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I have removed the line "An interdict against a country would often cause the citizens of that country to demand the government fix whatever caused the interdiction, or in some cases to rebel and overthrow the government," as there are no examples listed in the page. If there are any known examples, I would of course encourage the replacement of the relevant text, but as it is, I don't think the unsupported statement should be included in the article.

==Last rites==Robert ADDINGTON (talk) 20:45, 7 June 2010 (UTC) I recall reading somewhere that anointing of the sick, at least in the form of last rites, was the only sacrament allowed under an interdict. Can anyone confirm if this is true? If so, the article should make mention of this. -R. fiend 17:49, 18 July 2005 (UTC)

Anthropologist views[edit]

The anthropologist's view does not belong on this page, but on Maltese history. It will be moved to Malta's talk page, where an editor there can incorporrate it into that article. JBogdan 21:11, 29 October 2006 (UTC)

Reference prejudical to NPOV[edit]

A contributor insists on referring to the interdiction in the 1960s of voters of the Malta Labour Party going as far as to create a section called "Twentieth century examples". This prejudices the article's NPOV through giving this episode undue wieght.

First, why 20th century examples? If we're seeking to be up-to-date why not quote cased from the 21st century where there are instances of the Church using interdiction to influence voting? If any century would do why not the 18th, or the 15th, or the 12th?

The interdiction of Malta Labour Party voters is insignificant in a general article on interdiction. As has been stated on undue weight "If a viewpoint is held by an extremely small (or vastly limited) minority, it does not belong in Wikipedia (except perhaps in some ancillary article) regardless of whether it is true or not; and regardless of whether you can prove it or not."

The case is already mentioned in the entry on the Malta Labour Party and Michael Gonzi. No further reference is warranted. Not to mention the fact that there are a number of significant factual inaccuracies (e.g. interdiction was not lifted in 1969 but in 1964).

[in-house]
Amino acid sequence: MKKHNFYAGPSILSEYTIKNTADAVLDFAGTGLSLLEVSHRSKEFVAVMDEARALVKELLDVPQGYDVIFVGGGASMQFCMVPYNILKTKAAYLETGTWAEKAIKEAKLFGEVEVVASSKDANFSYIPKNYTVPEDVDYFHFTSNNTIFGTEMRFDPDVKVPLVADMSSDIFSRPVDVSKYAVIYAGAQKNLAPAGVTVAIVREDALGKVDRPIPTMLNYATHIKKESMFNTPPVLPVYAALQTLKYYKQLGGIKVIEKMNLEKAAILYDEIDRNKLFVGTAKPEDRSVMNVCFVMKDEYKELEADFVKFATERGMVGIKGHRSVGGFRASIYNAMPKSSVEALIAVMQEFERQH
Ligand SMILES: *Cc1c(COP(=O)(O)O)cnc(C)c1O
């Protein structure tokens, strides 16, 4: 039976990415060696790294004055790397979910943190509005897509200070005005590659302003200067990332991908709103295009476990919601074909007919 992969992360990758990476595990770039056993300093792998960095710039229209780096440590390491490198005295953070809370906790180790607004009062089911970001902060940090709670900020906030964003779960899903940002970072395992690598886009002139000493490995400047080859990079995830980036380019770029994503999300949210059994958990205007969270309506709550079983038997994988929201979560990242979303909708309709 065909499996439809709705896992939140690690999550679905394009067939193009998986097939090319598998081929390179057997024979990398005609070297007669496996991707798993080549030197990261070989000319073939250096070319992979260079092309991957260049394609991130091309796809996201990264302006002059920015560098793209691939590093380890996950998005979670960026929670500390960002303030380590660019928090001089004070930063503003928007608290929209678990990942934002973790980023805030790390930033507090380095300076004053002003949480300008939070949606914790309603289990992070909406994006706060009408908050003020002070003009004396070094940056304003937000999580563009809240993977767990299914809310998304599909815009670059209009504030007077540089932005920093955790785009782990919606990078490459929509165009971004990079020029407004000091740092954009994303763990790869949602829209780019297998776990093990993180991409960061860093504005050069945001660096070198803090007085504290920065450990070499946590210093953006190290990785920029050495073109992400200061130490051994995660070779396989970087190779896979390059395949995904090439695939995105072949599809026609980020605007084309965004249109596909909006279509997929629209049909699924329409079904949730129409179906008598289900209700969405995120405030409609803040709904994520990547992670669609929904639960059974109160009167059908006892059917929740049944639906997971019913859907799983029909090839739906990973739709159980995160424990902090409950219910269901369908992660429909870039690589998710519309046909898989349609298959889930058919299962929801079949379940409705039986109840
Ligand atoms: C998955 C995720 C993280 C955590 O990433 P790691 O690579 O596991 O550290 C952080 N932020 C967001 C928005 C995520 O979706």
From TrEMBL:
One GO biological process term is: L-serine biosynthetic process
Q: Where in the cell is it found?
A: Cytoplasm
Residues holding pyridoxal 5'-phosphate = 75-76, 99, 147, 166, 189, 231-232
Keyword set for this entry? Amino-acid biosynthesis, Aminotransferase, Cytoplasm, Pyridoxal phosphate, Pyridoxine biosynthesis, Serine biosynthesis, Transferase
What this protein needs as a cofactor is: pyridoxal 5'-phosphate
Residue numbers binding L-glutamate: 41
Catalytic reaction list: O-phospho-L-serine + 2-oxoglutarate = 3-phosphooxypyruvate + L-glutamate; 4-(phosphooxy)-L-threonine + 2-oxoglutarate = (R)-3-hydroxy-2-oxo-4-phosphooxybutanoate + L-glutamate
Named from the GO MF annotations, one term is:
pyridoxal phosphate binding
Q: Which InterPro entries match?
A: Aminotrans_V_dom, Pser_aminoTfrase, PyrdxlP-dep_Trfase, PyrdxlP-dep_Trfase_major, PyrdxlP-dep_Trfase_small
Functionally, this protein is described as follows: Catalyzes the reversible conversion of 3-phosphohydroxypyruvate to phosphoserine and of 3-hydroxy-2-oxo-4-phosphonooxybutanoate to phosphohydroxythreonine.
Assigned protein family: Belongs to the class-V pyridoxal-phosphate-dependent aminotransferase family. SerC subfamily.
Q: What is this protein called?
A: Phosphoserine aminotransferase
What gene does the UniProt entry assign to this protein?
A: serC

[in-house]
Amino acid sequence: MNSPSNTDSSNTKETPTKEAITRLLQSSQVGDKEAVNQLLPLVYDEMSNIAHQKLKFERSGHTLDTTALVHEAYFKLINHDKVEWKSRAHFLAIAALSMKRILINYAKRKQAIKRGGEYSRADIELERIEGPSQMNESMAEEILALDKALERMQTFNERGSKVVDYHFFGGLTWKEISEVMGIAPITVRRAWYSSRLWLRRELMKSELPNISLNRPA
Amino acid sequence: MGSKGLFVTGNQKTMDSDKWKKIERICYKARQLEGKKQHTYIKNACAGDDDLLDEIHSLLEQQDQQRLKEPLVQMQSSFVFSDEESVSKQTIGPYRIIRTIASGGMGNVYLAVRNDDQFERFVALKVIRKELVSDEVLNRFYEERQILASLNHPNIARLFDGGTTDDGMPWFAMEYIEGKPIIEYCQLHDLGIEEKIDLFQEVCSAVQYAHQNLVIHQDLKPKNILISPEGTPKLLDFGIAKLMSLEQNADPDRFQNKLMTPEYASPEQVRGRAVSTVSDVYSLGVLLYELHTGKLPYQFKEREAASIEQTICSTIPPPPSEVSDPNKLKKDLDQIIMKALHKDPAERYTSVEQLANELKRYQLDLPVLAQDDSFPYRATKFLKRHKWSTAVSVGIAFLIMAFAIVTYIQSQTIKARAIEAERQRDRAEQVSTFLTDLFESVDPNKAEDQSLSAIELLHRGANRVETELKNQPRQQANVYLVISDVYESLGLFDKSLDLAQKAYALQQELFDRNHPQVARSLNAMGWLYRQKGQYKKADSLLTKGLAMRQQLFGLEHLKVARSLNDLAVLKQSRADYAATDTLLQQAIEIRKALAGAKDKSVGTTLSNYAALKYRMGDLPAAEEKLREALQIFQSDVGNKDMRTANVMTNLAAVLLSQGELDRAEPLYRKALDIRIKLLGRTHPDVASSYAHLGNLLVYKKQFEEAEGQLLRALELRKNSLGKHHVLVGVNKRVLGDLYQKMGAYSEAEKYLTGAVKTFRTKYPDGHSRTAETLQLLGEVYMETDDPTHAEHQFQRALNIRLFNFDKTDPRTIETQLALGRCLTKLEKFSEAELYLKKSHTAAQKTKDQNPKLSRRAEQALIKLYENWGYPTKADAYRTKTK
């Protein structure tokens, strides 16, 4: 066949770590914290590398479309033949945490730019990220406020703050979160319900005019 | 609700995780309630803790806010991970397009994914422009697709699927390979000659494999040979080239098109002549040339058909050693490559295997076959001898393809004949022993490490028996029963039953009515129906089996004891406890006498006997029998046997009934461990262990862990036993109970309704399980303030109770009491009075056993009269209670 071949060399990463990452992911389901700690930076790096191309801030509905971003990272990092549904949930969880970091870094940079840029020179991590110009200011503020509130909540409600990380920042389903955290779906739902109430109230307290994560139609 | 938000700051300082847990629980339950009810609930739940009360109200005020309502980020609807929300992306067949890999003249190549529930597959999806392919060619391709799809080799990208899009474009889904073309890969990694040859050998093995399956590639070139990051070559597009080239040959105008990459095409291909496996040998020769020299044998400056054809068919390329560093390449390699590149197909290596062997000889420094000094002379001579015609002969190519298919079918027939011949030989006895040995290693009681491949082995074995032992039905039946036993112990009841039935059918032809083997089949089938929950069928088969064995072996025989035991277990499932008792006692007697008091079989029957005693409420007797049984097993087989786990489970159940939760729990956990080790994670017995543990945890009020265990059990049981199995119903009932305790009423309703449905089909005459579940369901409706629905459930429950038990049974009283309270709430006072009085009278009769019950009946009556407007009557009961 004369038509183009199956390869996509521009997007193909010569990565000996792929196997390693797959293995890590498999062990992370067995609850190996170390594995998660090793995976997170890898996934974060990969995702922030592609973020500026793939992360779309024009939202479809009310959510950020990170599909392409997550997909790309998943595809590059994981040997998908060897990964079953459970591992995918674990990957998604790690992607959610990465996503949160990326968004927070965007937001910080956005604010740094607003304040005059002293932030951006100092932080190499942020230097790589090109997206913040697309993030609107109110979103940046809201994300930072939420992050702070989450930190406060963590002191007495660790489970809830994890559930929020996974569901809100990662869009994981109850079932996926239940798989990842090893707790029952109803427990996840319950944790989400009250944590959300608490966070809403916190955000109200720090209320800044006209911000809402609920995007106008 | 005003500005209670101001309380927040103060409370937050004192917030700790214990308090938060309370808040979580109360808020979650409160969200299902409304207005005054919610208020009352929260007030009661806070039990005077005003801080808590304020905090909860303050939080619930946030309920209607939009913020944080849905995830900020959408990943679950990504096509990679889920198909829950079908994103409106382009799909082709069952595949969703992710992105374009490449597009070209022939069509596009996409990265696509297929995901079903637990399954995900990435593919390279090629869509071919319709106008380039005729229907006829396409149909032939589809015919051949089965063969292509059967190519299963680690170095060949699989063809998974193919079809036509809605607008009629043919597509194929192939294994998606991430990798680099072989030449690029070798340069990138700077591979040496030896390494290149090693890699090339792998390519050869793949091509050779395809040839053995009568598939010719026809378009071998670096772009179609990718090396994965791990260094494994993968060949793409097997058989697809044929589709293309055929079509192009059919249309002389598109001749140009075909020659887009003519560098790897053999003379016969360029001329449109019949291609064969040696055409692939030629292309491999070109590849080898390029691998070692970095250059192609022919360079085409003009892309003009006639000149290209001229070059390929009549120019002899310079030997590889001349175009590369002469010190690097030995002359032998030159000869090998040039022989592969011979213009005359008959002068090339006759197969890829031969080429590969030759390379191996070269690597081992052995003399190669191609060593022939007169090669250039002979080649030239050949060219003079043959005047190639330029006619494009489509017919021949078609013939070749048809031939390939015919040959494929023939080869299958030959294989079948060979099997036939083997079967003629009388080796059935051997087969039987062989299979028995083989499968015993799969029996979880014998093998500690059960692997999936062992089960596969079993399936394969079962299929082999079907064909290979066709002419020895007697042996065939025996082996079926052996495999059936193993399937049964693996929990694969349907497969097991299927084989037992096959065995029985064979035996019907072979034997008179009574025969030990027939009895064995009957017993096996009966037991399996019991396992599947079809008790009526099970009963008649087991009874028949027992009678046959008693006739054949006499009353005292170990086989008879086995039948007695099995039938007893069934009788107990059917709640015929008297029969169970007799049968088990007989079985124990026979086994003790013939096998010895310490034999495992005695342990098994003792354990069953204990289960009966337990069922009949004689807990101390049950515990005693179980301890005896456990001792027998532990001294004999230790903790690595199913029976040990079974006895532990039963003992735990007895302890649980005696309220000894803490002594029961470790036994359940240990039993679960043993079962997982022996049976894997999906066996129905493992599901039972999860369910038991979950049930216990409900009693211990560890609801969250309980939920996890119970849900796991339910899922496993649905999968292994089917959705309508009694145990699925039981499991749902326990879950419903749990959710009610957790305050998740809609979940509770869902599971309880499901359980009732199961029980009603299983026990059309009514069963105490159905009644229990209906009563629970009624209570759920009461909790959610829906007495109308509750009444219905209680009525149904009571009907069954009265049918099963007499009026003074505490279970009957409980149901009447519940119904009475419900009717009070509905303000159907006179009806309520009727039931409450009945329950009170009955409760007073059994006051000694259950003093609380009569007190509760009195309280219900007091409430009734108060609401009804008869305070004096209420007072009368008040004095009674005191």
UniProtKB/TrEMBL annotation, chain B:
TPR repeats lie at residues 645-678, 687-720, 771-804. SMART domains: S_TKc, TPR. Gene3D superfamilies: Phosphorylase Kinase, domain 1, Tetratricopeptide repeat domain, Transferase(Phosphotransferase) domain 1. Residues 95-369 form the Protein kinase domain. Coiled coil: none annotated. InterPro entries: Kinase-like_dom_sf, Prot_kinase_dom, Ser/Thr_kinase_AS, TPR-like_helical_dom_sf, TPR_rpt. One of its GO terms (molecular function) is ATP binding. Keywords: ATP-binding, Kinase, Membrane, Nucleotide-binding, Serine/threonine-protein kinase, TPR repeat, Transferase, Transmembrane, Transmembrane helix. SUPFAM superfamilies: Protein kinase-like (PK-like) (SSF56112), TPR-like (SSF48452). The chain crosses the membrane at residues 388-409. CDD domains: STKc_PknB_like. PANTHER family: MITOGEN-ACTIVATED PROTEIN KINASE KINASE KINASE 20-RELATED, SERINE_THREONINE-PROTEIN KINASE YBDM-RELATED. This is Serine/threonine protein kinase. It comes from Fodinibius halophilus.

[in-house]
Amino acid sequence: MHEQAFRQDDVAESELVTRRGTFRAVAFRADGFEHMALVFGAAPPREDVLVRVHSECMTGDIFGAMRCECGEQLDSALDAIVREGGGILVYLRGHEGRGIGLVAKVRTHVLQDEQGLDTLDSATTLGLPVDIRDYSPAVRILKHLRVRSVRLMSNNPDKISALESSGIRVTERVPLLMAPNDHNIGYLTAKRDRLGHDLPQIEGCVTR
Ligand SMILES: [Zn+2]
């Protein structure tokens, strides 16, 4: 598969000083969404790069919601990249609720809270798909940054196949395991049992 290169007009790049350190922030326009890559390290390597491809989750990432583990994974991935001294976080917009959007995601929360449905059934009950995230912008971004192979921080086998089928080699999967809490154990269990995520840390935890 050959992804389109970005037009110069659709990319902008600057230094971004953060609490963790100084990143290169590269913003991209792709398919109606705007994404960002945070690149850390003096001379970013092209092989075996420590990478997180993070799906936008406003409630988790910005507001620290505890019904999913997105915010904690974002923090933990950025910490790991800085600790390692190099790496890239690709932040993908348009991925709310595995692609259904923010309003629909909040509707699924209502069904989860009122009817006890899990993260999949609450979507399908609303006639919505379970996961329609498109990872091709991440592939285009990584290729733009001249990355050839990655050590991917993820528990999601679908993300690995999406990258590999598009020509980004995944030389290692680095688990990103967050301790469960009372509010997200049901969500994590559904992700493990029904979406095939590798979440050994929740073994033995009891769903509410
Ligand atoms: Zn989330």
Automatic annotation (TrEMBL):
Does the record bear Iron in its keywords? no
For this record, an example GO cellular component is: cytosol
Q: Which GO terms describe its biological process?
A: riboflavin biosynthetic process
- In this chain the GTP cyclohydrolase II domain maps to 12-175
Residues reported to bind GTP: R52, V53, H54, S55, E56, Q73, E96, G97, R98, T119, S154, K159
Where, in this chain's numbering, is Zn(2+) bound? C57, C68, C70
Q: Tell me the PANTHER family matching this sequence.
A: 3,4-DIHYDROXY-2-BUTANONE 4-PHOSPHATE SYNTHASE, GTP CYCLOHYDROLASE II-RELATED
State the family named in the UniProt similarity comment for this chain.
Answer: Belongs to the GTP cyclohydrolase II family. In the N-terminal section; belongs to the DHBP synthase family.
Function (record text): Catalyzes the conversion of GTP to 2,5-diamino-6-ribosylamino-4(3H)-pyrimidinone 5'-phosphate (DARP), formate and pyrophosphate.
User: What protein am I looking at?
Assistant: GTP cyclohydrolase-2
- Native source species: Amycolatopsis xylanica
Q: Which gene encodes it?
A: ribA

Demdem (talk) 22:31, 25 February 2008 (UTC)

If you think it gives undue weight, then find other examples for balance. I have found two more - all cited. But instead your aim seems to be to remove information - your latest POV censorship [1]. Since your main interest is Malta, it looks as if you are trying to hide something. Twice interdicting half a country for several years for political reasons is an important example of how this power is used. --08:35, 26 February 2008 (UTC) —Preceding unsigned comment added by (talk)

Oh yeah, "trying to hide something", I had written most of the Malta Labour Party article including the part on interdiction (minus your inaccuracies -- interdiction was lifted in 1964 and it's not the same thing as peace between the Church and the MLP which happened in 1969). I just have a sense of perspective and just happen to think that Malta is not the centre of the universe and the MLP does not feature that prominently in the history of the Catholic Church. And sorry, you do not make something with undie weight having due weight just because you scramble off to find -- wow, two examples!

But I do not intend to upset a Little Malteser. So yeah, I'll leave it there. It would be cruel to burst your little bubble.

Demdem (talk) 20:37, 26 February 2008 (UTC)

Requested move[edit]

The following discussion is an archived discussion of a requested move. Please do not modify it. Subsequent comments should be made in a new section on the talk page. No further edits should be made to this section.

The result of the move request was page moved.  Skomorokh  07:51, 27 December 2009 (UTC)

Interdict (Roman Catholic Church)Interdict — This is the only article which could be referred to by the noun "Interdict." "Interdict" may also be employed as a verb to refer to other articles, but nouns normally take precedence for the same reason that article titles should be nouns and not verbs. The disambiguation page can be linked via a hatnote on this article. Surveying the incoming links to Interdict, the concept in Roman Catholicism is the most commonly intended meaning anyway. Neelix (talk) 15:45, 8 December 2009 (UTC)

The above discussion is preserved as an archive of a requested move. Please do not modify it. Subsequent comments should be made in a new section on this talk page. No further edits should be made to this section.